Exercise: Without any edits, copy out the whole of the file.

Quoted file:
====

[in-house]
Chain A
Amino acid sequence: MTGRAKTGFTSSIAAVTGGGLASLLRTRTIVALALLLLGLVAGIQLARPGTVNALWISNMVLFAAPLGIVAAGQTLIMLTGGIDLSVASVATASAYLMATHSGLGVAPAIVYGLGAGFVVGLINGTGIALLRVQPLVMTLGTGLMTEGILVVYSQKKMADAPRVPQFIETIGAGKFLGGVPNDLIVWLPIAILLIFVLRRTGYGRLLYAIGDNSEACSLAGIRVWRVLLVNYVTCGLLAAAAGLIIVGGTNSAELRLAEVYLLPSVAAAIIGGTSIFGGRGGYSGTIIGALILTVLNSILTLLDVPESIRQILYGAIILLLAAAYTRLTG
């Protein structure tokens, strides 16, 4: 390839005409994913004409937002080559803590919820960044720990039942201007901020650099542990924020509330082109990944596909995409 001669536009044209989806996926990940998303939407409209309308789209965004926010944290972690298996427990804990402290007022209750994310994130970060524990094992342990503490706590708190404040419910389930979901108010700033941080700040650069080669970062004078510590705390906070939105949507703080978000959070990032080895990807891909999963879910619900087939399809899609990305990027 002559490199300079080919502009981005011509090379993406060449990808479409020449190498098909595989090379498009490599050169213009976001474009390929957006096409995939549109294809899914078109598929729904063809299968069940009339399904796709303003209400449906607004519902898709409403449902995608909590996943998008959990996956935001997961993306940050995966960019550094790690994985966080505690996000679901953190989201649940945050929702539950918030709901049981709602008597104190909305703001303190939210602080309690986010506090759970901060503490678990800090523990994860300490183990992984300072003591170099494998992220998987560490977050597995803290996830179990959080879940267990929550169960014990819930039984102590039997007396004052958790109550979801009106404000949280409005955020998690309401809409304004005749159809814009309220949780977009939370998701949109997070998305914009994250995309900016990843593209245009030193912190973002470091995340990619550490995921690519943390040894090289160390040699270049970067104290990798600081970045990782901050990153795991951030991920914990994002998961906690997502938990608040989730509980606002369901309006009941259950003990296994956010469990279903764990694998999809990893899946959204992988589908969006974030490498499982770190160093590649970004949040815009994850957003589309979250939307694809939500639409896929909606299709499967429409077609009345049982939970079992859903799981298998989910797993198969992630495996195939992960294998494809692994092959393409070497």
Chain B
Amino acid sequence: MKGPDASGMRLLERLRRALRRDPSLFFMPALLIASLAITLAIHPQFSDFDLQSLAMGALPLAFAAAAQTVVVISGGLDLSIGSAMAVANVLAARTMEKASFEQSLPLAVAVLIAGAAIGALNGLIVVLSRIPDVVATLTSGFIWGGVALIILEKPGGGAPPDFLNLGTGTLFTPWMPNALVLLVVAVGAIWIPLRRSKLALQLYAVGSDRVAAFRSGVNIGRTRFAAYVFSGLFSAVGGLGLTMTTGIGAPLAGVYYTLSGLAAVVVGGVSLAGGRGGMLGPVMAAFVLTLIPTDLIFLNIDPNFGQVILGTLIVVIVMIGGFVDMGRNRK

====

[in-house]
Chain A
Amino acid sequence: MTGRAKTGFTSSIAAVTGGGLASLLRTRTIVALALLLLGLVAGIQLARPGTVNALWISNMVLFAAPLGIVAAGQTLIMLTGGIDLSVASVATASAYLMATHSGLGVAPAIVYGLGAGFVVGLINGTGIALLRVQPLVMTLGTGLMTEGILVVYSQKKMADAPRVPQFIETIGAGKFLGGVPNDLIVWLPIAILLIFVLRRTGYGRLLYAIGDNSEACSLAGIRVWRVLLVNYVTCGLLAAAAGLIIVGGTNSAELRLAEVYLLPSVAAAIIGGTSIFGGRGGYSGTIIGALILTVLNSILTLLDVPESIRQILYGAIILLLAAAYTRLTG
């Protein structure tokens, strides 16, 4: 390839005409994913004409937002080559803590919820960044720990039942201007901020650099542990924020509330082109990944596909995409 001669536009044209989806996926990940998303939407409209309308789209965004926010944290972690298996427990804990402290007022209750994310994130970060524990094992342990503490706590708190404040419910389930979901108010700033941080700040650069080669970062004078510590705390906070939105949507703080978000959070990032080895990807891909999963879910619900087939399809899609990305990027 002559490199300079080919502009981005011509090379993406060449990808479409020449190498098909595989090379498009490599050169213009976001474009390929957006096409995939549109294809899914078109598929729904063809299968069940009339399904796709303003209400449906607004519902898709409403449902995608909590996943998008959990996956935001997961993306940050995966960019550094790690994985966080505690996000679901953190989201649940945050929702539950918030709901049981709602008597104190909305703001303190939210602080309690986010506090759970901060503490678990800090523990994860300490183990992984300072003591170099494998992220998987560490977050597995803290996830179990959080879940267990929550169960014990819930039984102590039997007396004052958790109550979801009106404000949280409005955020998690309401809409304004005749159809814009309220949780977009939370998701949109997070998305914009994250995309900016990843593209245009030193912190973002470091995340990619550490995921690519943390040894090289160390040699270049970067104290990798600081970045990782901050990153795991951030991920914990994002998961906690997502938990608040989730509980606002369901309006009941259950003990296994956010469990279903764990694998999809990893899946959204992988589908969006974030490498499982770190160093590649970004949040815009994850957003589309979250939307694809939500639409896929909606299709499967429409077609009345049982939970079992859903799981298998989910797993198969992630495996195939992960294998494809692994092959393409070497």
Chain B
Amino acid sequence: MKGPDASGMRLLERLRRALRRDPSLFFMPALLIASLAITLAIHPQFSDFDLQSLAMGALPLAFAAAAQTVVVISGGLDLSIGSAMAVANVLAARTMEKASFEQSLPLAVAVLIAGAAIGALNGLIVVLSRIPDVVATLTSGFIWGGVALIILEKPGGGAPPDFLNLGTGTLFTPWMPNALVLLVVAVGAIWIPLRRSKLALQLYAVGSDRVAAFRSGVNIGRTRFAAYVFSGLFSAVGGLGLTMTTGIGAPLAGVYYTLSGLAAVVVGGVSLAGGRGGMLGPVMAAFVLTLIPTDLIFLNIDPNFGQVILGTLIVVIVMIGGFVDMGRNRK